News Roundup, Jan. 2: Osbournes Renew Wedding Vows

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Ozzy and Sharon Osbourne renewed their wedding vows during a New Year’s Eve party at the Beverly Hills Hotel. Hundreds of guests were on hand to watch the couple tie the knot again, including Justin Timberlake and Chris Rock. Sharon and Ozzy were first married on July 4, 1982, and had originally planned to renew their vows on their 20th anniversary but plans were delayed because of Sharon‘s battle with colon cancer. According to, Sharon‘s father and former Black Sabbath manager, Don Arden, escorted her down the aisle while daughter Kelly served as a flower girl. The 1970s group The Village People provided the music for the celebration.


Singer Diana Ross, who was arrested Monday for allegedly driving under the influence, said she was trying to rent a video and got lost when police stopped her, The Associated Press reports. Tucson Police stopped the singer at a Blockbuster video store, where she had pulled into a handicapped space, after someone reported seeing a vehicle swerving on the road. She twice denied she had been drinking and insisted she had gotten lost trying to rent a video.

A man who found Robert Redford‘s credit card near a convenience store in Orem, Utah, close to the actor’s home and his Sundance resort, tried to extort signed memorabilia in exchange for the plastic, the AP reports. The man called the resort to report he’d found the card and was offered free ski lift passes and dinner for two to return it. When he insisted on signed memorabilia instead, the staff balked and called the police, who then traced the call and went to the man’s home to retrieve it. Ah, the wonders of *69.


Twentieth Century Fox has postponed the release of the Heath Ledger starrer The Sin Eater because of some unintentionally funny special effects. The film revolves around a young conflicted New York priest (Ledger) investigating the case of the murdered French ambassador whose corpse is covered with mysterious Aramaic symbols. A post-production insider, who spoke to Variety on condition of anonymity, said the effects depicting sins flying out of the human body looked “like calamari.” The occult thriller, which was slated for release Jan. 17, will now get a possible late-summer debut under its new title, The Order.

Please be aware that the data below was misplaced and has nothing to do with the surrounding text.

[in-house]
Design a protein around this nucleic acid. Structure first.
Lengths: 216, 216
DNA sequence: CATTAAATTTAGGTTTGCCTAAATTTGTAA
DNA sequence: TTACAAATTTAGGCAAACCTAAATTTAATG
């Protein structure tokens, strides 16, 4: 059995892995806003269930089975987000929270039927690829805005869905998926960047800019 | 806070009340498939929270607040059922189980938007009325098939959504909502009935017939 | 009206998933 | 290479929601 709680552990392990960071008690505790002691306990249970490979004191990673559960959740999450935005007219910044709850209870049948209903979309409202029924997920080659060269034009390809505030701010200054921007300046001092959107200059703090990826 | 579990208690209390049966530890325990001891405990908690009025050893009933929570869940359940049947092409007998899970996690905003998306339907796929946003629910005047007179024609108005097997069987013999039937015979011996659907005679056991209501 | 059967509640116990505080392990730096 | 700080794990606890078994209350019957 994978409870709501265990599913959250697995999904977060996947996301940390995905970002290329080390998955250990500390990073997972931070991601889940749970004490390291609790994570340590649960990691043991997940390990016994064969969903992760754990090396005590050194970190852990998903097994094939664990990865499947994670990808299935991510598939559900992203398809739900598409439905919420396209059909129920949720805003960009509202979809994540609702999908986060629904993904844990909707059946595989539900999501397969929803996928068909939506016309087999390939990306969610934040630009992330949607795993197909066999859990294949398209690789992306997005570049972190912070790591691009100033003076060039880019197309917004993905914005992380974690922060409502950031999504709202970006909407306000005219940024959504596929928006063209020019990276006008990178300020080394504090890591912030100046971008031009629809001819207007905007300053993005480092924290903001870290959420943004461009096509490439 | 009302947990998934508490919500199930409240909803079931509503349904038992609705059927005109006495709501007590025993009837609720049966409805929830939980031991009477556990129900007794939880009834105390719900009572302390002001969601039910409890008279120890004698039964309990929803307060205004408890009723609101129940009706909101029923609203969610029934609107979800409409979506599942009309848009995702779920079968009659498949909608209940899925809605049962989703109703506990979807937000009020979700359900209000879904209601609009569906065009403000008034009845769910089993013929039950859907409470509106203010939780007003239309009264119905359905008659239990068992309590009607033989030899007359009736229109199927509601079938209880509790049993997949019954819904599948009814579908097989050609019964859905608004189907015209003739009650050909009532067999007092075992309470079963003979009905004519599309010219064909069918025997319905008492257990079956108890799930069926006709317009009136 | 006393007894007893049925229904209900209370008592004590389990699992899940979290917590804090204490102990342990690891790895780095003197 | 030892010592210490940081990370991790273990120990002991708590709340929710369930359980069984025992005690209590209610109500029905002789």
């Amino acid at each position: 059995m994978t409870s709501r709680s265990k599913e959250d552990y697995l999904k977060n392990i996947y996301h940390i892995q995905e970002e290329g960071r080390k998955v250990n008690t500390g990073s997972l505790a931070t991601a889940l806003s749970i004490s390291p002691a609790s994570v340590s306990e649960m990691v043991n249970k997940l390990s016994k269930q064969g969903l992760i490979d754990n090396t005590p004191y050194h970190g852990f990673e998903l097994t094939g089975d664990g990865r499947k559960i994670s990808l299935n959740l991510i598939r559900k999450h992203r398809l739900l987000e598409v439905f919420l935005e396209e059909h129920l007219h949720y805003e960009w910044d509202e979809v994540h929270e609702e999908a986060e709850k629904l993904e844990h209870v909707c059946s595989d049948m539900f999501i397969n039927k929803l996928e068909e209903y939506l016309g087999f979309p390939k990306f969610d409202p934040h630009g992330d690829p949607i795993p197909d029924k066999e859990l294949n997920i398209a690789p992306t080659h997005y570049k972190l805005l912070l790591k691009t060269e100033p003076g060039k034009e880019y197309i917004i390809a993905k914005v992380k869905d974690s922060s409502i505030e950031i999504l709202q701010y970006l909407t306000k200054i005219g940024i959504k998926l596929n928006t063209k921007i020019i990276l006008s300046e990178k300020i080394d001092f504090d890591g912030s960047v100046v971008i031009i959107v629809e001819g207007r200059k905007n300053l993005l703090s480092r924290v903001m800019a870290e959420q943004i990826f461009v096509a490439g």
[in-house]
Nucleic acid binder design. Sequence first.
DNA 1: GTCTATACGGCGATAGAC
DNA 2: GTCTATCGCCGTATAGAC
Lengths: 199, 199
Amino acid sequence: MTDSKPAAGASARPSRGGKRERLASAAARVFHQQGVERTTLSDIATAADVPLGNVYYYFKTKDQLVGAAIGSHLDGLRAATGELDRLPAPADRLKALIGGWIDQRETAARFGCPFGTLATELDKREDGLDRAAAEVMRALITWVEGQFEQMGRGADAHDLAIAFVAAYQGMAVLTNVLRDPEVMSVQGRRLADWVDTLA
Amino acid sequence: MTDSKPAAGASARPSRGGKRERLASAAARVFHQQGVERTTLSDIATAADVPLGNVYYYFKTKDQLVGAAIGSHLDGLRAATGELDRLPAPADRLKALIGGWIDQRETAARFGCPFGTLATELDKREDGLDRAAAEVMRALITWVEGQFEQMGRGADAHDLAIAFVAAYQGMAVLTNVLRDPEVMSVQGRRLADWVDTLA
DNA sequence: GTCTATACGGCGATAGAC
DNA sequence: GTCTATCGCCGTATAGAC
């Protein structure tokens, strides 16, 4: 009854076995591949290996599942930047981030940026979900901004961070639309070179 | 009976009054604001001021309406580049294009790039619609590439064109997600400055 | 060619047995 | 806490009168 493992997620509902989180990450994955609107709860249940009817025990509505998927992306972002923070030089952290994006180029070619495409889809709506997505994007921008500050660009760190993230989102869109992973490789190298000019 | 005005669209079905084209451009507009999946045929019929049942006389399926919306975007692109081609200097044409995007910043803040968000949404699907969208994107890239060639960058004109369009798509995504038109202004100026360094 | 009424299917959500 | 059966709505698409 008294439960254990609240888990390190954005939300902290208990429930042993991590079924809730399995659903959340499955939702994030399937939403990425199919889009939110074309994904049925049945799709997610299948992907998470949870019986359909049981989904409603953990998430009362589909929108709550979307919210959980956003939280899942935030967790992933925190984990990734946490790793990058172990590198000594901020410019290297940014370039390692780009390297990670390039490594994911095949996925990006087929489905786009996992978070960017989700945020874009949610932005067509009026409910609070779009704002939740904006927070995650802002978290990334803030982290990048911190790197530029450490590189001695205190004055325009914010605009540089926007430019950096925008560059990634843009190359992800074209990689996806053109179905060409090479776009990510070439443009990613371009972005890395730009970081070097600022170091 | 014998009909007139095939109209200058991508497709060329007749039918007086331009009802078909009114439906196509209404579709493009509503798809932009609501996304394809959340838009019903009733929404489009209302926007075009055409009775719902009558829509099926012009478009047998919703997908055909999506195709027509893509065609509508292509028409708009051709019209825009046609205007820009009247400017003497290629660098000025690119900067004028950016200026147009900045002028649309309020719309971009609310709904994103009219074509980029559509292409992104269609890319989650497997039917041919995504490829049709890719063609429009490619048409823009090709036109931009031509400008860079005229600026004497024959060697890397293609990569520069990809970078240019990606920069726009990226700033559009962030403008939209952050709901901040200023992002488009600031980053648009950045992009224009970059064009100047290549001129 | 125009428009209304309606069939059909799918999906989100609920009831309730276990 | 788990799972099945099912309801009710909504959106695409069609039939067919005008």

Screen Actors Guild president Melissa Gilbert said in her end-of-the-year message to the 98,000 SAG members that the union will make nice in 2003. According to Variety, Gilbert emphasized nonconfrontational, conciliatory approaches to key issues and a smooth relationship with other Hollywood guilds. Gilbert recapped the outlook for upcoming negotiations of commercial contracts by saying, “Negotiating fair wages and working conditions is the primary commitment of SAG.” The current pact expires Oct. 30.


A Montana man who legally changed his name to “Jack Ass” in 1997 as a crusade against drunk driving has sued media giant Viacom Inc., claiming its MTV show and feature pic, Jackass: The Movie, defamed his character. The suit, filed in November in Montana, claimed Viacom was “liable for injury to my reputation that I have built and defamation of my character which I have worked so hard to create.” Mr. Ass, born Bob Craft, changed his name six years ago after his brother and a friend were killed in a car crash–theirs being the only vehicle involved. The suit, according to Reuters, asks for $10 million in damages.

Cable news networks CNN, Headline News, MSNBC and CNBC suffered double-digit drops in their year-end ratings compared to last year, according to Nielsen Media Research. In 2001, viewers depended on the television for updates on post 9/11 events–making a possible war with Iraq an enticing thing for the networks. Variety reports the only news cable network to experience growth last year was Fox News, which has become the prime peacetime network cable news destination.


Tom Hanks made a surprise stage appearance at Vermont jam band Phish’s sold-out concert at Madison Square Garden on New Year’s Eve, which had fans shelling out more than $1,000 to get into the show, the AP reports. The band formed in the early 1980s and built a fan base through constant touring, becoming a top-grossing concert act by the mid-1990s. In 2000, exhausted from 17 years on the road, Phish announced they were calling it quits for awhile. The concert ended their two-year hiatus and kicked off a run of winter shows.